By way of cryptic colouration they are ideally suited for their dark forested environment, with body colouration that is a contrasting mix of light and shadow as it filters through the forest canopy. These wily denizens of the dense bush, if motionless, can remain unseen from the sharpest of eyes, a truly magnificent animal. Bushbuck are in the main selective browsers and will seldom eat grass although they have been observed doing so. Their bodies have a distinctively hunched over shape and whilst they are strong swimmers they seem to have an almost clumsy gait when out in the open. Throughout their wide distributional range bushbuck are associated closely with riverine or other types of dense underbrush in close proximity to permanent water supplies. Cover and water availability are the two most important habitat requirements for this antelope species.
Whilst bushbuck are considered to be solitary animals, it is not uncommon to see a male and female feeding together, or to see small family groupings of up to three or more, normally a female with a sub-adult and a younger fawn. Males too, may at times be seen together in loose bachelor groups but this is not a common trait. I have often been seated on a suitable vantage point in the Eastern Cape and glassed a number of different individuals of both sexes feeding in the same area, although they all seem to maintain their individuality. Their days are generally spent lying up in the densest of bush and only venturing out to feed during the late afternoon or early mornings. This however, is not always the case, and I have had clients take good bushbuck in the midday heat whilst the animal moves to water. In areas where they are not disturbed they may also become active on cool overcast days.
Whilst shy and retiring, they have acute senses of smell, hearing and sight, senses that coupled to their habitat have allowed them to survive on the very fringes of human development, as they have done in parts of the Eastern Cape. When cornered or wounded the bushbuck has a legendary reputation for aggressive tenacity and researchers have found that in rivalry fights over females, bushbuck have a higher mortality rate than any other antelope. Both sexes have a loud staccato bark as a warning call, that of the male being deeper and harsher. Adult bushbuck are subject to predation by lion, leopard, hyena, wild dogs and caracal. Python predate on young bushbuck and, in areas where these natural predators no longer exist, the greatest threat to bushbuck are habitat destruction and snaring, as well as illegal hunting with dogs.
In South Africa's Eastern Cape, bushbuck have been actively hunted since the arrival of the British 1820 Settlers. They most likely found that the only way they could hope to succeed against this elusive quarry in the dense succulent valley bush and coastal dune forests, was with the use of dogs. Early records show that dogs were often an integral part of the hunt. From those far off days, it would seem, evolved the tradition that carries on in this day and age of the driven bushbuck hunt using beaters and dogs. The late Lew Wood, doyen of bushbuck hunting with hounds, advised that on a drive of 400 hectares or more, 12 trained hounds and about eight beaters were required. In fact, amongst the hound lovers in this neck of the woods, the old Biblical adage, "Thou shalt not covet another man's wife", extends to his hounds as well. Rumour has it, that more than one of these intrepid houndsmen actually turn around three times before they lie down!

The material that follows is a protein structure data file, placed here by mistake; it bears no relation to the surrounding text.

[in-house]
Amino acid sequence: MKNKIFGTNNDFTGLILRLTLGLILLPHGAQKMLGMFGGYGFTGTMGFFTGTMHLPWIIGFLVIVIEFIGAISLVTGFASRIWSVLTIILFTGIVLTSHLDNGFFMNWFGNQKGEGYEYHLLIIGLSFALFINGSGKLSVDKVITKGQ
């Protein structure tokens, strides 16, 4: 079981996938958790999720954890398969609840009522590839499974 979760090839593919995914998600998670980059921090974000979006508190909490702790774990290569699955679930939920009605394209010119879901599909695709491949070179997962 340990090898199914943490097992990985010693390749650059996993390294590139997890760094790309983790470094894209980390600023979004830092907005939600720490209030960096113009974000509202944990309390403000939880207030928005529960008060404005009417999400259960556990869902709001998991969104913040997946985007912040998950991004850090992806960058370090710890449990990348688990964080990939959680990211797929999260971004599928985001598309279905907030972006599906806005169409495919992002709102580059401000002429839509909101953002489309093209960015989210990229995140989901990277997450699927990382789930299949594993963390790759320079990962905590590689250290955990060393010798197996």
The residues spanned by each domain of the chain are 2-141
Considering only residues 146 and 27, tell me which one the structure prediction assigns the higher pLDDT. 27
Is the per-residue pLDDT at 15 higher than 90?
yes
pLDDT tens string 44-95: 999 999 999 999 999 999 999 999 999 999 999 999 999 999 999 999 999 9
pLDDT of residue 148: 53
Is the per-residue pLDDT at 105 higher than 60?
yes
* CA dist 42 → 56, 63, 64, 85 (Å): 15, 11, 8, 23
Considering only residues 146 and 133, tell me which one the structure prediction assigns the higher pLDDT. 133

I am of direct 1820 British Settler stock from both sides of my family and although Zimbabwean born and bred, as far back as I can remember, my many relatives, all farmers, held traditional driven bushbuck hunts on their land, and some still do to this day. These hunts are by invitation only, each farmer plays host to his many guests whilst the whole exercise is governed by etiquette and adherence to certain ethics. It is a fairly festive affair and the day's closure can become quite a party. The liver from killed bushbuck grilled on the barbeque coals considered a delicacy, and if badly scorched or half raw, the intake of good whisky, beer and wine offsets the taste.
There are normally a number of drives done at various places around the farm or ranch. The guns are placed at suitable viewpoints along a ridge line, and ideally look down into a valley, or they cover the width of a cut line between dense blocks of bush. Shots vary in distance but can stretch out to about 350 yards although usually much closer. As the beaters and dogs move slowly through the bush down the length of the valley from one end to the other, the guns perched on high, at a right angle to them, will monitor the drive. If a mature bushbuck ram appears, the gun nearest it, or whoever first observed it, will attempt to shoot it. Once a drive has passed a particular gun, he will drop out of the action and wait for the next drive, there are normally about six to eight guns on a bushbuck hunt of this nature. That is the theory anyway - the reality is sometimes different because the Eastern Cape farmer is a breed unto himself and also only recognizes two seasons, hunting season and cricket season!
For some unknown reason there are those in the Eastern Cape who believe that so long as an animal is visible and still in an upright position, one must keep lead in the air, what could be termed 'Lead In The Air Syndrome'. On a driven hunt this affliction can become infectious and rapidly spreads along the ridge like wildfire, more so if all the guns can see the same bushbuck ram. It then becomes a rather noisy and dangerous affair as everyone tries his or her damndest to keep lead in the air. There have been times when this near hysterical frenzy requires the host to take on the demeanor of a drill sergeant, cupping his hands around his mouth, face down the line of guns shouting as loudly as possible, 'CEEEASE FIRE!' This instruction may have to be shouted more than once, because during 'Lead In The Air Syndrome' those afflicted quite often go deaf. Eventually as the shooting slacks off and smoke swirls from overheated barrels, the valley where the beat took place looks like there has been an infantry battle - fallen leaf matter, de-barked trees, split rocks, shattered twigs, piles of empty brass along the ridge and beaters crawling out of ant bear holes or lying under cover behind termite mounds. Those hunts have a history of incidents. A diary from about 1830 lists the bag as: "5 bushbuck, 2 bluebuck (blue duiker), 1 porcupine, 3 hares, 1 bustard and 1 beater (accidental)".